BounceBall Reaches New Heights

Kate Ariano ‘18
EE Features Editor


BounceBall is an entertaining game for all ages!

Neal Keklik was right on the ball as he unveiled BounceBall, a game of his own creation, at the Pep Rally the last Friday in October. After three months of prototypes, planning, and patents, Keklik’s fascination with engineering allowed him to join forces with college friends and THS alumni Nate Walker and TJ Hadyuk to develop a simple idea into an expanding company. What they invented would become a trademarked game, merging Can Jam and Spike Ball into one.

After working as an ID checker at Tashua pool over the summer, Keklik united with lifeguards Walker and Hadyuk. Together they decided they wanted to start a company. Their idea to turn BounceBall into an app eventually diverted into making it a backyard game to prevent the interruption of needing to learn swift coding and obtaining an app license to make the game.

Keklik, proud co-founder of BounceBall, explains how the game came about. “We liked Can Jam, and we liked Spike Ball. But we didn’t like certain aspects of it. So, we found a legal way to combine both of the games into one. And that’s basically what BounceBall is.”


Participants play with Keklik’s fifteenth prototype of BounceBall.

The rules for the game are as follows: One person on a team will throw a ball against a board. When the ball comes back, you and your teammate must work together to get the ball to hit the bucket. If the ball goes in the bucket without anyone touching, it is worth 5 points, if someone hits the bucket it is worth 3 points. If the ball hits the side of the can on its own, it is worth 2 points. Finally. If the ball is hit into the side of the can, it is worth one point. First team to 11 wins, if you go over 11, you restart at 5.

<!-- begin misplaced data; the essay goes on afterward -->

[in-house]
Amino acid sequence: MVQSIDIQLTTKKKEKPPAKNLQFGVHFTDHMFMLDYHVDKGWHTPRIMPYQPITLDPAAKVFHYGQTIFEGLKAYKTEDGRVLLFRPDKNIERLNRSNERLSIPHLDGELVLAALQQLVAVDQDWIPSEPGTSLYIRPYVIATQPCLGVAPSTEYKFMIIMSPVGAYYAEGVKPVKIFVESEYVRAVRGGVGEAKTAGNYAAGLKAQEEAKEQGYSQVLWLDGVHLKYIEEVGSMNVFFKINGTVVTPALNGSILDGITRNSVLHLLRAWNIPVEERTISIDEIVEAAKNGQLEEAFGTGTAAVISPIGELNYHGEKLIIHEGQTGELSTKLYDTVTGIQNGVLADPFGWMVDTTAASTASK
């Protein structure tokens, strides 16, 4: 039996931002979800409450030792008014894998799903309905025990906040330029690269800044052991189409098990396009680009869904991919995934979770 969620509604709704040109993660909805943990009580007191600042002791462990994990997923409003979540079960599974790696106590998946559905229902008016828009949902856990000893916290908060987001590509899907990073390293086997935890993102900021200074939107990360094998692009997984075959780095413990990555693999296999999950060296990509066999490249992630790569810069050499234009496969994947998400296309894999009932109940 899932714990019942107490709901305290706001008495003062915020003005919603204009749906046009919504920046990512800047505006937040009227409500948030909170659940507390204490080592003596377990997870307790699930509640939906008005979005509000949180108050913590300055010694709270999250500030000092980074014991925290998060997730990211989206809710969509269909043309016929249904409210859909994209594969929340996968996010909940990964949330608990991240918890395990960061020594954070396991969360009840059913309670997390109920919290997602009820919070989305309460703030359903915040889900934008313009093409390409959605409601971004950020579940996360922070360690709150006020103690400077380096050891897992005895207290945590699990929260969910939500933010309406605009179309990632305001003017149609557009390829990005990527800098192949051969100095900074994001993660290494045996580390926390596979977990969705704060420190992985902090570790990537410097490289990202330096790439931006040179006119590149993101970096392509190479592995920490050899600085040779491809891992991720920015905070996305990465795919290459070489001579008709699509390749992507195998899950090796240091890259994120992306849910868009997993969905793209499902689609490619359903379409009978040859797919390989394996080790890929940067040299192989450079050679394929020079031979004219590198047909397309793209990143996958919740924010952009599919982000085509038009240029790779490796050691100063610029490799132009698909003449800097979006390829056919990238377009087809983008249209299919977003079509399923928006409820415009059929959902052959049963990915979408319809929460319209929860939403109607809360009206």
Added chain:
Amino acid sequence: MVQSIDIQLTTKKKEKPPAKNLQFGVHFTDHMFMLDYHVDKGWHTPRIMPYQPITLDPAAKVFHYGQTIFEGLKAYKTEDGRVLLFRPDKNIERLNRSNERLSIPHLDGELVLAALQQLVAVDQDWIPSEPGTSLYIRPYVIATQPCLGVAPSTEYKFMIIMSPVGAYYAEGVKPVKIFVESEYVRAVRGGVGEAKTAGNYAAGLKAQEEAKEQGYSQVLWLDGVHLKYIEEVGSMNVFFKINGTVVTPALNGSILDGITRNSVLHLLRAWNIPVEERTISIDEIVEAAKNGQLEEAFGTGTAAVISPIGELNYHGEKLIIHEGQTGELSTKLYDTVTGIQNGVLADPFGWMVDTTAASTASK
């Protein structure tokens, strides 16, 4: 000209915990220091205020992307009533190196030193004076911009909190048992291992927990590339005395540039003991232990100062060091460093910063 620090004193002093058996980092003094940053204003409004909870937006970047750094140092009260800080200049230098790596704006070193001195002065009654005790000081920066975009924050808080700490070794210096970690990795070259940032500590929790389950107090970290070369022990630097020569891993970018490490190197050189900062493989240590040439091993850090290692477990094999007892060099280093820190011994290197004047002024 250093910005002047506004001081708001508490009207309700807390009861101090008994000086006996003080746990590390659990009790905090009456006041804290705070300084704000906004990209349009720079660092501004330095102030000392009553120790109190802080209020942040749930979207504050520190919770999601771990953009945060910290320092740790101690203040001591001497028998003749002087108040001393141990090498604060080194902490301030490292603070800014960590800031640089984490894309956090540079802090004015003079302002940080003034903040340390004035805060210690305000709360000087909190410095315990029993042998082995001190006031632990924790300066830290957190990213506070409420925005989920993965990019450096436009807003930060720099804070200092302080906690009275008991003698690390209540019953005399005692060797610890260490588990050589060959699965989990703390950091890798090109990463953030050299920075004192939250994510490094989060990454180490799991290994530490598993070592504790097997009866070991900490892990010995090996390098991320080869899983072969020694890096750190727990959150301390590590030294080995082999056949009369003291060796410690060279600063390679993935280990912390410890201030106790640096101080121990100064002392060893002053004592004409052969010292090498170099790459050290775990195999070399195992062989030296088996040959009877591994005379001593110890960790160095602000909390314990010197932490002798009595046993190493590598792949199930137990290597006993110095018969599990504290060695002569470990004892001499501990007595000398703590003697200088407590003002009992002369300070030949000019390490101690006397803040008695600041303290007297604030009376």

With the kickstarter they are looking to attain, the trio projects to have BounceBall in Joggin’ Your Noggin, a toy store in Monroe, in the coming year. Within the next four years, Keklik hopes to expand their market to the entire east coast, eventually attaining enough popularity to sell the company and start all over again.

Even if his company does not succeed, Keklik still sees a bright future ahead. “It’s trial and error..If this fails, I’m gonna start another company.”

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